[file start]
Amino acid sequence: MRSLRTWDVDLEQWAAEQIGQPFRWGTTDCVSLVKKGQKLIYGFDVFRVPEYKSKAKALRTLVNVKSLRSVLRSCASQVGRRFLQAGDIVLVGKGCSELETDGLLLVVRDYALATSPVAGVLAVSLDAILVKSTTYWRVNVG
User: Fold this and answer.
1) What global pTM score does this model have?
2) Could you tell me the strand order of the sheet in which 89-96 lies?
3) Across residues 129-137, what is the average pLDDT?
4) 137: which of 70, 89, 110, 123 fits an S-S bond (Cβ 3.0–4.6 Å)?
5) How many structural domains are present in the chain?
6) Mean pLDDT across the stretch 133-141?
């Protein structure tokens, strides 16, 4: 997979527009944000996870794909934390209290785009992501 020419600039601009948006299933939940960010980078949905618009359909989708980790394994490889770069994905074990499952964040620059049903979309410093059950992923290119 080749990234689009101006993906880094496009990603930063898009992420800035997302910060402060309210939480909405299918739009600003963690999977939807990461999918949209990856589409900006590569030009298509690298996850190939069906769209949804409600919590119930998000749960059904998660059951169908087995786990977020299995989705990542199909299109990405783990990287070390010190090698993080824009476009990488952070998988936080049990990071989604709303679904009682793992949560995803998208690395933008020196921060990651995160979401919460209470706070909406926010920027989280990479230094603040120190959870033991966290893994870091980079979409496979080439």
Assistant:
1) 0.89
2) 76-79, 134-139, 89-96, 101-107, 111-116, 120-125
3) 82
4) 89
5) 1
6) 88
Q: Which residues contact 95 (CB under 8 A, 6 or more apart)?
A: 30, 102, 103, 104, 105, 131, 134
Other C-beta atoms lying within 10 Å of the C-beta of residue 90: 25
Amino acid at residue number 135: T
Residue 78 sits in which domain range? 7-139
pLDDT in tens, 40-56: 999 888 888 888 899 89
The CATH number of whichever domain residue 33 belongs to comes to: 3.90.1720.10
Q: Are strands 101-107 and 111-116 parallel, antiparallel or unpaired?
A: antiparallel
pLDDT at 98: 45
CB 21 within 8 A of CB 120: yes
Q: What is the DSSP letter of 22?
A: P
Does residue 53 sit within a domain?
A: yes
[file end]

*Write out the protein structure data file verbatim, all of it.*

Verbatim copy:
Amino acid sequence: MRSLRTWDVDLEQWAAEQIGQPFRWGTTDCVSLVKKGQKLIYGFDVFRVPEYKSKAKALRTLVNVKSLRSVLRSCASQVGRRFLQAGDIVLVGKGCSELETDGLLLVVRDYALATSPVAGVLAVSLDAILVKSTTYWRVNVG
User: Fold this and answer.
1) What global pTM score does this model have?
2) Could you tell me the strand order of the sheet in which 89-96 lies?
3) Across residues 129-137, what is the average pLDDT?
4) 137: which of 70, 89, 110, 123 fits an S-S bond (Cβ 3.0–4.6 Å)?
5) How many structural domains are present in the chain?
6) Mean pLDDT across the stretch 133-141?
């Protein structure tokens, strides 16, 4: 997979527009944000996870794909934390209290785009992501 020419600039601009948006299933939940960010980078949905618009359909989708980790394994490889770069994905074990499952964040620059049903979309410093059950992923290119 080749990234689009101006993906880094496009990603930063898009992420800035997302910060402060309210939480909405299918739009600003963690999977939807990461999918949209990856589409900006590569030009298509690298996850190939069906769209949804409600919590119930998000749960059904998660059951169908087995786990977020299995989705990542199909299109990405783990990287070390010190090698993080824009476009990488952070998988936080049990990071989604709303679904009682793992949560995803998208690395933008020196921060990651995160979401919460209470706070909406926010920027989280990479230094603040120190959870033991966290893994870091980079979409496979080439």
Assistant:
1) 0.89
2) 76-79, 134-139, 89-96, 101-107, 111-116, 120-125
3) 82
4) 89
5) 1
6) 88
Q: Which residues contact 95 (CB under 8 A, 6 or more apart)?
A: 30, 102, 103, 104, 105, 131, 134
Other C-beta atoms lying within 10 Å of the C-beta of residue 90: 25
Amino acid at residue number 135: T
Residue 78 sits in which domain range? 7-139
pLDDT in tens, 40-56: 999 888 888 888 899 89
The CATH number of whichever domain residue 33 belongs to comes to: 3.90.1720.10
Q: Are strands 101-107 and 111-116 parallel, antiparallel or unpaired?
A: antiparallel
pLDDT at 98: 45
CB 21 within 8 A of CB 120: yes
Q: What is the DSSP letter of 22?
A: P
Does residue 53 sit within a domain?
A: yes